This 11-year-old tapper was born for the spotlight. (by Marc Lecureuil)
Give Alaman Diadhiou a seemingly impossible challenge and he’ll not only prove it’s possible, he’ll make it look simple. When Debbie Allen cast him in the title role of her show Twist: An American Musical in 2010, the then–9-year-old had never sung anything but his audition number, had never spoken lines onstage and had only been tapping for two and a half years—and he certainly hadn’t done all three at once. But after only 10 private vocal sessions and a month of intense rehearsals, he was stage-ready for the show’s run in Atlanta during the summer of 2010. He did eight shows a week and didn’t miss a performance. He continued to shine during the show’s second run last summer at the Pasadena Playhouse near L.A., and by fall, the pint-sized prodigy had been nominated for an Ovation Award for best lead actor in a musical.
Alaman has been a quick study from the start. When he was 6, his mom enrolled him in the “early bird” program at Debbie Allen Dance Academy in L.A., where he studied African dance, hip hop and ballet. Allen quickly noticed his potential and cast him as Tom Thumb in her show Alex in Wonderland—which meant he had to learn to tap, and fast. But with the help of hoofer Chloé Arnold, Alaman mastered more than just tap basics: He caught on so quickly that he ended up front and center in the show’s big tap number. The next year, he shared the stage with dancers twice his age (and height!) in Arnold’s opening number for the Jerry Lewis Telethon. This scene would become very familiar to him: dancing alongside much older and more experienced performers, and matching them step for step.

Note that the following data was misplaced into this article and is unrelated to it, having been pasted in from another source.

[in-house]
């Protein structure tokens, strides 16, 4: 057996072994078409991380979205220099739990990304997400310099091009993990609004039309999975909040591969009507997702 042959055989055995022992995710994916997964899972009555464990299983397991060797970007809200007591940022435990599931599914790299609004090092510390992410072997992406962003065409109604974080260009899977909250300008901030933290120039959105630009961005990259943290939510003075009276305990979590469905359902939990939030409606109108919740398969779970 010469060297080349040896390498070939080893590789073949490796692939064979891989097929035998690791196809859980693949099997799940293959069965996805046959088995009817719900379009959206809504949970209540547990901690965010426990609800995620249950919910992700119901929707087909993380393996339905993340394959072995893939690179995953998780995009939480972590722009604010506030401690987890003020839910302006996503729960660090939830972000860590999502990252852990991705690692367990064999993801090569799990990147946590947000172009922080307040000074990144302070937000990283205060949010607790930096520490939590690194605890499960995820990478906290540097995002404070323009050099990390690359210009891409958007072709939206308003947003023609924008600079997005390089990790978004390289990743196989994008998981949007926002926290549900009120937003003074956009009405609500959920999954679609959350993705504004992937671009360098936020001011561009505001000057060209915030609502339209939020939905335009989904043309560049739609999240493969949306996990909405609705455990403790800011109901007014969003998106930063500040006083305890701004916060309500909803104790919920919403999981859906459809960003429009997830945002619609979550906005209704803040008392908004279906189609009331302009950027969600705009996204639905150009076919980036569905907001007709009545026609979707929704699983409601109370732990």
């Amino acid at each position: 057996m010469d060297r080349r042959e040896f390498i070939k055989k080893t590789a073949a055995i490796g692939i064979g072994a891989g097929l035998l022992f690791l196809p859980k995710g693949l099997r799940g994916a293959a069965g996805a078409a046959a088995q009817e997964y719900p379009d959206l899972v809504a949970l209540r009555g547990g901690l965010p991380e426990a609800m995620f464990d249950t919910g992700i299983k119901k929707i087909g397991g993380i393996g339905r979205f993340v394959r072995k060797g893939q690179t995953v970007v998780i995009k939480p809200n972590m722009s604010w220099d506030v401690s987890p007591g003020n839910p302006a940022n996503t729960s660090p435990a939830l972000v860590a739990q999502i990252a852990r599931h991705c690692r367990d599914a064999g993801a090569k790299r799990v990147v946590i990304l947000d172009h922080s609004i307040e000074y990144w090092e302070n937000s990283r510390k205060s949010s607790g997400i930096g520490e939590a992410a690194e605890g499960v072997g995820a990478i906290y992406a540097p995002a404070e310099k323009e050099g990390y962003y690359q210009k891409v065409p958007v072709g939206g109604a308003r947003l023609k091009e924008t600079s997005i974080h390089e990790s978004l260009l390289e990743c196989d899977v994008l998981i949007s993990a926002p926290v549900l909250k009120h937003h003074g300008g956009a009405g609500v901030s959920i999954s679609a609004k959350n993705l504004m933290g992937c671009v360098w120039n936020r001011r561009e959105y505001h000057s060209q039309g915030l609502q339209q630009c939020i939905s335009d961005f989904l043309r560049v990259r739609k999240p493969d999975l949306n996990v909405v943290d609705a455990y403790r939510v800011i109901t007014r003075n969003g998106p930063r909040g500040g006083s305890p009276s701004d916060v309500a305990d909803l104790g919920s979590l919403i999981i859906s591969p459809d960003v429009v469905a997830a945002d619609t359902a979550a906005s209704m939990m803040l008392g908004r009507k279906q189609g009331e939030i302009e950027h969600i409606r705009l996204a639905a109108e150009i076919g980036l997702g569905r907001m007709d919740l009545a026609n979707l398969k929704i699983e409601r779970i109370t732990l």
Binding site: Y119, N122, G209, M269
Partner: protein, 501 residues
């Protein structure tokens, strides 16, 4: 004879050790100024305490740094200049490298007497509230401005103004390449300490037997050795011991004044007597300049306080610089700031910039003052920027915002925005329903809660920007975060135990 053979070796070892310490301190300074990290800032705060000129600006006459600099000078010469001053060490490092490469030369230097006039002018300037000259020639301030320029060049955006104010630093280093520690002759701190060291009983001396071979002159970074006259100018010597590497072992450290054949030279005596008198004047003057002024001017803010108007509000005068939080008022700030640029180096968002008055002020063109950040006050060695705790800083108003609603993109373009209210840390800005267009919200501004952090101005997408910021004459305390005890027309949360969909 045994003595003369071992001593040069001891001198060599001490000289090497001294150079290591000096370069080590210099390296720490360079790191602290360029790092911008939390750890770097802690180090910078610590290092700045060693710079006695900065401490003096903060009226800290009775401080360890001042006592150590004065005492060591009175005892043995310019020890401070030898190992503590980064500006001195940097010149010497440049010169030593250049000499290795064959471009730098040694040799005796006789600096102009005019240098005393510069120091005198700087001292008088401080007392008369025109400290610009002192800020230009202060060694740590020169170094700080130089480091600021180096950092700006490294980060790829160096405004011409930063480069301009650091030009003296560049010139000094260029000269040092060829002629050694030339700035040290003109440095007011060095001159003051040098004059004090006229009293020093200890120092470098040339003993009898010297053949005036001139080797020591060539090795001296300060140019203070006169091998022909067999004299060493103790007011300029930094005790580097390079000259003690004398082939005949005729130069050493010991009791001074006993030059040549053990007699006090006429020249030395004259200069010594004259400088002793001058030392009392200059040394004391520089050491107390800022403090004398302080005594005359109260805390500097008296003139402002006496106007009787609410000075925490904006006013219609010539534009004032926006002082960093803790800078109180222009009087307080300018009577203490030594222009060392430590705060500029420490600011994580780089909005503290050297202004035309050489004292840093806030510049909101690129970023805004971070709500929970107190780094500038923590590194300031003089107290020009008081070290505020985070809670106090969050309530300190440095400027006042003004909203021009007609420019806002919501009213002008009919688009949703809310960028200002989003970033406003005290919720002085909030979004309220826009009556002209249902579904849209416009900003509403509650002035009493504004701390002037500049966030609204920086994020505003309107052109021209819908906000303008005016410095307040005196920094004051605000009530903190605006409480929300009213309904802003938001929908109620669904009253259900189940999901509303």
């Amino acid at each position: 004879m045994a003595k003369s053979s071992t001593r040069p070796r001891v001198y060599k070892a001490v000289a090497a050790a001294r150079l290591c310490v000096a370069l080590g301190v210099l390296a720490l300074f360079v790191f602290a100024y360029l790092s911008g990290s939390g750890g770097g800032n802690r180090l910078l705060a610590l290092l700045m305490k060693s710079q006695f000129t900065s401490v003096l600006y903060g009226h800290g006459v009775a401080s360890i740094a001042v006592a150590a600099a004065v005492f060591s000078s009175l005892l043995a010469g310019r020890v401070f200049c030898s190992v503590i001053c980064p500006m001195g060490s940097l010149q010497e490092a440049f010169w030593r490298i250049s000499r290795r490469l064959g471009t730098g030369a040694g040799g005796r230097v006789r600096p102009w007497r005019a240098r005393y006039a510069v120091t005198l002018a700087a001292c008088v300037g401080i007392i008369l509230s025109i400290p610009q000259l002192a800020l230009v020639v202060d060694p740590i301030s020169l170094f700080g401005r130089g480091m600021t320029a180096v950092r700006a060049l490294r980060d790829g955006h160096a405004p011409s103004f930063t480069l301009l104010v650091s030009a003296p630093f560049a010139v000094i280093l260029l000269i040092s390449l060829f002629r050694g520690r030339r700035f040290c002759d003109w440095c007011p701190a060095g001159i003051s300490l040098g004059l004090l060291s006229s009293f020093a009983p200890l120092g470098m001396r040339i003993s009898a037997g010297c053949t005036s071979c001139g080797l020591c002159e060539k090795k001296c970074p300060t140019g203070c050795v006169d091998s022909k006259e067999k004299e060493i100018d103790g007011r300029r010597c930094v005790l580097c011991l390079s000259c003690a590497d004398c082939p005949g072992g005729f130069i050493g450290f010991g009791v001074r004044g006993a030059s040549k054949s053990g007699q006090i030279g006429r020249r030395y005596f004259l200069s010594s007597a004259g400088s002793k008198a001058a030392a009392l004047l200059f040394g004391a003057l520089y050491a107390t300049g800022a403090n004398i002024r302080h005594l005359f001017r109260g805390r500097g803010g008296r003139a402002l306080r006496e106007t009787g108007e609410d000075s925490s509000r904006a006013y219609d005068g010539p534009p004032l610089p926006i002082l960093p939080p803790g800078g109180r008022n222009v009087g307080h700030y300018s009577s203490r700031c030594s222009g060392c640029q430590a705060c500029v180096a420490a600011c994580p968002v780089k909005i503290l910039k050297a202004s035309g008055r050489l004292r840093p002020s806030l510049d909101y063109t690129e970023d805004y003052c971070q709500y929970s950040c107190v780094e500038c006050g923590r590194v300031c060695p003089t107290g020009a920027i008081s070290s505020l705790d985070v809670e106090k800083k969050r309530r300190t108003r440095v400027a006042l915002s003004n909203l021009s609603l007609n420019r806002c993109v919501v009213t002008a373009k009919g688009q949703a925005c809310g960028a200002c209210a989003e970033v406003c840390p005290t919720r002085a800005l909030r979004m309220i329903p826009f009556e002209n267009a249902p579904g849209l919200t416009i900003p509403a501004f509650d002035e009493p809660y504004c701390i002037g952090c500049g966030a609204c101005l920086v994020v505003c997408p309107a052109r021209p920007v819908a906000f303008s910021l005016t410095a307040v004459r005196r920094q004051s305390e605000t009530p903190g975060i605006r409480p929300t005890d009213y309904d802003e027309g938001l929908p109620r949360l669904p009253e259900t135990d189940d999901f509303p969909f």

Alaman’s extraordinary talents go beyond the stage. In L.A., he attends The Mirman School for highly gifted children, where he loves studying chemistry and botany. He also won a gold medal for the National Mythology Exam last year, and had his poetry published in a children’s anthology. With so much talent, not to mention strong supporters (Debbie Allen herself and a new agent with Clear Talent Group), the only question is how he’ll amaze us next.
Alaman at Dave Scott's L.A. Hip Hop Intensive (by Bonny Diadhiou)
Alaman currently dances six days a week as a scholarship student at Allen’s studio, performs with Sara Reich’s company Tap Con Sabor and just taught his first tap class at Reich’s Monday Night Tap Experience. But when he talks about his future, the 11-year-old is amazingly grounded. “I’d like to perform a lot—maybe do film—and have a happy life, a nice family and a lot of friends,” Alaman says. “I’d also maybe like to be a doctor and cure a major disease. That would be really cool, and I could save a lot of people.”
Birthday: May 31, 2000
Quirky talent: He can solve a Rubik’s Cube in under a minute!
Favorite Movie:The Dark Knight
Favorite food: Pizza
Dance idols: Chloé Arnold, Sarah Reich, Jason Samuels Smith and Jared Grimes
(From left) Darriel Johnakin, Diego Pasillas, and Emma Sutherland (all photos by Erin Baiano)
Dance Spirit's 2019 Cover Model Search finalists: Darriel Johnakin, Diego Pasillas, and Emma Sutherland! One of them will win a spot on Dance Spirit's Fall 2019 cover. Learn more about the dancers by clicking on their names here:
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When it comes to injury-prone body parts, knees reign supreme for dancers. But a little strengthening can go a long way in preventing painful outcomes. We turned to Dirk Hartog, a physical therapist with Westside Dance Physical Therapy in NYC, for three exercises that'll support and stabilize your knees.
James Whiteside (Jayme Thornton for Dance Magazine)
Say you're perpetually impeccable designer Thom Browne. Say you're planning your Spring 2020 Paris menswear show along a "Versailles country club" theme. Say you want a world-class danseur to open the show with some kind of appropriately fabulous choreography.
Who do you call? James Whiteside, of course. On Saturday, the American Ballet Theatre principal—wearing pointe shoes and a glorious pinstriped tutu—kicked off Browne's presentation at the École des Beaux-Arts with a 15-minute, show-stealing solo. Whiteside choreographed the piece himself, with the help of detailed notes from the designer.